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Conversations with Ashley Chew

Today we’d like to introduce you to Ashley Chew.

Hi Ashley, so excited to have you on the platform. So before we get into questions about your work-life, maybe you can bring our readers up to speed on your story and how you got to where you are today?
My story starts with Art and continues with Art…I was born in Chicago, IL and raised in Indianapolis, IN. For as long as I can remember, I have been an Artist. As a toddler, my parents, grandparents, and godparents bought me art supplies as gifts. I loved the art sets with watercolors, markers and colored pencils that folded up into a briefcase. This progressed to cutting up Barbie clothes, I’d also cut up socks, old sheets, anything I could put my hands on. I never remember my parents being upset ever or being scolded for it. They let me be free. My family has always been supportive. I know many creatives who struggle with that with family and peers. Even in institutions, we are taught that creating isn’t a “real job”. Throughout my teen years and into college and attended Art School. There was nothing else I wanted to do. Aside from painting, I’ve dabbled in Ballet, Theatre, costume design, set design, Fashion Design, and more. But I have always been a Fine Artist. After school, I moved to New York, NY to pursue Fashion Media and ended up modeling. To this day, I model and paint full-time. My clients range from Illustration, Murals, Customization, Paint Commissions and Event pre-Covid restrictions. Typing this out, I feel so lucky to have lived such an extensive creative life already.

Alright, so let’s dig a little deeper into the story – has it been an easy path overall and if not, what were the challenges you’ve had to overcome?
The challenges of being a creative along the way have really been external beliefs or distractions. I’ve always seen my future. As a child I said: I’m going to be an Artist and live in New York City”. There was no other plan. I knew I would have to take certain steps to get to this point but that was it. Growing up in a more conservative place, of course there were doubters. My parents have always been supportive but to this day sometimes I have dealt with friend’s parents asking me when I visit for holiday. So when are you going to get a job?:” but it is my job! A job that pays! A job that I love, that I get to meet so many people and build so many skills. There is so many people who still think Art is not a real thriving career. Yet they love to watch movies, go to museums, buy graphic T-shirts, go to festivals, not realizing that those are also Artists! and they are getting paid! I believe in myself and the further I have gotten on my creative journey, I no longer stop to convince others that what I do is important as the next job.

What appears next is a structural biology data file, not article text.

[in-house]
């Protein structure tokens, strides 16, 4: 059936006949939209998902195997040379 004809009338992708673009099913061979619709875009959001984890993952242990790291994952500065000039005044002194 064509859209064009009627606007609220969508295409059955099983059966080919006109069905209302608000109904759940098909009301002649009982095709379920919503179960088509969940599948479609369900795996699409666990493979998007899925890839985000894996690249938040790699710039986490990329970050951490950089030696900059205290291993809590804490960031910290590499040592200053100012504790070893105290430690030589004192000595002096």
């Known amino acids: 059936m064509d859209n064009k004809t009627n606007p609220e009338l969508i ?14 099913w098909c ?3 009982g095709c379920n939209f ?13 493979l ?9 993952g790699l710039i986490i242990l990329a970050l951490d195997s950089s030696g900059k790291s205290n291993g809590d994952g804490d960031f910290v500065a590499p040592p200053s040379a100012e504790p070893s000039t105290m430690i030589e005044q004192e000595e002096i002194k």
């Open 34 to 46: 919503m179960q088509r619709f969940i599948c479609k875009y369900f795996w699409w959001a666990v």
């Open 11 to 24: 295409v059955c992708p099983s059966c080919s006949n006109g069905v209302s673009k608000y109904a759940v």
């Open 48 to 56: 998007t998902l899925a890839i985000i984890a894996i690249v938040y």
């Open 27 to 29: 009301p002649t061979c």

As you know, we’re big fans of you and your work. For our readers who might not be as familiar what can you tell them about what you do?
The core of my work is Women of Color, specifically Black Women. It would be a disservice for me to be a creative with a platform and not include us in the narrative. I refuse to paint Black trauma. Our trauma is always plastered across the news, with death, protest, trials, and empathy. We feel things besides pain. Although these issues are very important and critical in our storytelling, I would like BIPOC to not always be connected to pain and suffering. We have talent, we have stories, we have strength, we have intelligence, we are just meant to have pain projected on to us. Why can’t we be depicted as beautiful, resilient, royalty and rested? I hope my work will impact the world through representation and visibility of marginalized groups.

We’d be interested to hear your thoughts on luck and what role, if any, you feel it’s played for you?
I am learning that luck favors those who try. That one Luck is also about being receptive to the things around you and looking at the signs you are being shown. I pay attention to what I am being shown, almost too much sometimes. I am very calculated creatively. I even study what emotions each color is connected to. You create your own luck by listening to your intuition. You create your own luck by engaging in your community. You create your own luck by honoring the abundance you already have in your life.

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Image Credits

Art Images: Artist’s Own Photos (Kodak Disposables): Tsebiyah Derry

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